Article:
I get the message, and it's true to an extent, but I think the real reason people don't talk about Tim is because he doesn't put up big numbers. He hasn't averaged 20 points or more the last 6 seasons, the 7th he averaged exactly 20, and the year before that he averaged 18, and his career averages are 20 points, 11 boards, 2 blocks. People (and ESPN) like players that put up gaudy numbers with flashy games, I think if he'd had a few seasons of 25-28 ppg and those 12 boards, like Shaq, he'd have gotten a little more attention. The Spurs also haven't been to the Finals since 2007, and while they have remained good, they have failed to get to the Finals or win a title for quite some time now, AND the last time they did Tony Parker won Finals MVP not Timmy. I agree that he's the best PF ever, but he's just not flashy as this blog states, his defensive impact doesn't pop off the stat sheet and rock solid consistent play does show there, but again, the numbers aren't huge like the LeBron's, Kobe's, and Durant's of the NBA, and he doesn't "dunk g00d" like Blake Griffin. :man11:

If the Spurs do win the title this season though, Tim moves up a notch bigtime, in how he's remembered and talked about. He'd tie Kobe in rings, and might be talked about as the best player of his generation having those 5 rings (in 5 tries, no Finals blemishes ala MJ), 3 Finals MVP's (possibly 4), and 2 regular season MVP's, to Kobe's 5, 2, and 1. So I really say it's on him in the end to get it done to make people talk about him again. Like Tom Brady, Duncan hasn't won in a long time now, and if he does, maybe people will start talking about him for the right reasons again.
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Re: The Problem with America and Tim Duncan

Postby Battle Tested20 on Wed May 29, 2013 5:10 pm

Well said and well written Slim. I couldn't agree more with you about Duncan and how American is really dis-functional if you really think about it. Is Duncan the perfect person? No, but he's the kind of athlete that parents wants their kids to grow up to be: humble, coachable, and put their teammates before themselves.

I think often how much we as Lakers fans get upset at how Lebron gets all this attention and so-called accolades from ESPN as one of the best player in the last decade and Kobe seems to be this forgotten dynamic, once in a generation type competitor. Then you look at Duncan and he doesn't even get half or probably even a quarter of the attention he deserves based on all the success he's had in his career. It JUST ISN'T RIGHT sometimes. It's because of this that I myself find myself rooting for Duncan and the Spurs to win it all this year. In due time, Duncan before its all said and done will get his well deserved attention but it shouldn't take this long or happen this infrequently.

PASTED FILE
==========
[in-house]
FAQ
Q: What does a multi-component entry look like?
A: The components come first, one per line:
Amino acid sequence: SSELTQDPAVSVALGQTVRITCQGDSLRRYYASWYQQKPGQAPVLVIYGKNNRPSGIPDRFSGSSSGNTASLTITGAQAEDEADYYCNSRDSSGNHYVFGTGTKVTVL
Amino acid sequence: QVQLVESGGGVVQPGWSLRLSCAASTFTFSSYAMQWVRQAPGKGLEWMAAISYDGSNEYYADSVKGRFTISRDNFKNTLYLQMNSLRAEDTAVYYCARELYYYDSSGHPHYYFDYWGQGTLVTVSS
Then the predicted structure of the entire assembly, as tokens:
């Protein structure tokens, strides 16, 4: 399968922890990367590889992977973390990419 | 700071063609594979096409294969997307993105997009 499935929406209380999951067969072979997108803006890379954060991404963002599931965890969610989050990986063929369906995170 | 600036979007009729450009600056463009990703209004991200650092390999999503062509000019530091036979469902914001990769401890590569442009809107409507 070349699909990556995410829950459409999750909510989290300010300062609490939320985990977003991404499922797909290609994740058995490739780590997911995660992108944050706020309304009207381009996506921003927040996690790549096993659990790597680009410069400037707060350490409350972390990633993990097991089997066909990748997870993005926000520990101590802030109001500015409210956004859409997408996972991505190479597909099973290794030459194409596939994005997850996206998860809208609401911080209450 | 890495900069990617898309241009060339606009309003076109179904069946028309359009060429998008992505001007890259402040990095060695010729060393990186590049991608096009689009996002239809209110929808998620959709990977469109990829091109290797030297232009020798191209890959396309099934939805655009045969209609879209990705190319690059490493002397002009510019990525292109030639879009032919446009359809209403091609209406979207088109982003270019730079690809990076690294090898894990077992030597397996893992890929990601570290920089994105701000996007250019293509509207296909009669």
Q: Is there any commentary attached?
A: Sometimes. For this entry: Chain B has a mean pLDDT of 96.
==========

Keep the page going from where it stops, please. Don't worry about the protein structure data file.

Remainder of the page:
I'll have to bookmark your blog and keep tabs on it. Nice work again Slim!
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Re: The Problem with America and Tim Duncan

Postby Kasumi on Wed May 29, 2013 6:48 pm

Thank you Ice, well said and well spoken. This is an athlete that took a major paycut so that the team could get talent around him. This is the guy who, when Tony Parker's asking price was above what Peter Holt wanted to pay, walked into management's office and said, "Give him whatever he wants, I'll pay the difference out of my own pocket. Tony is staying here." This is the athlete that has embraced his coach and is willing to be yelled at during practice right along everyone else. This is the guy who graduated from college to fulfill a promise he made to his mom.

He's as fierce a competitor as anyone in the NBA today, but he's not a glitz and glamour guy. He's just a winner.
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Re: The Problem with America and Tim Duncan

Postby Avenged24 on Wed May 29, 2013 9:30 pm

Very well written. The problem with Tim in the sense that he is not talked about as much is the fact that he's not hated. Simply put. People love to talk about the players they hate. Kobe, Lebron, Wade, Dwight, Melo, Rose and even Durant now. Notice anything? They are all star players.

The way Tim has carried himself throughout his career, and the fact this he is part of a well ran, classy organization helps him in that department (or hurts depending on how you view it). All that aside, Tim still gets his respect. He is a consensus top 10 player of all-time (from what I can tell most have him at 7-9), and is regarded as the best PF of all-time.

Sorry for derailing this Duncan appreciation thread but isn't it hypocritical how people say Kobe was lucked into his rings due to coming straight to a contender with Shaq, and then gifted Pau but then those same people disregard it when it comes to Duncan. And why? Well because he is simply more liked. This is the guy who played with The Admiral, Manu, and 1x Finals MVP in Parker.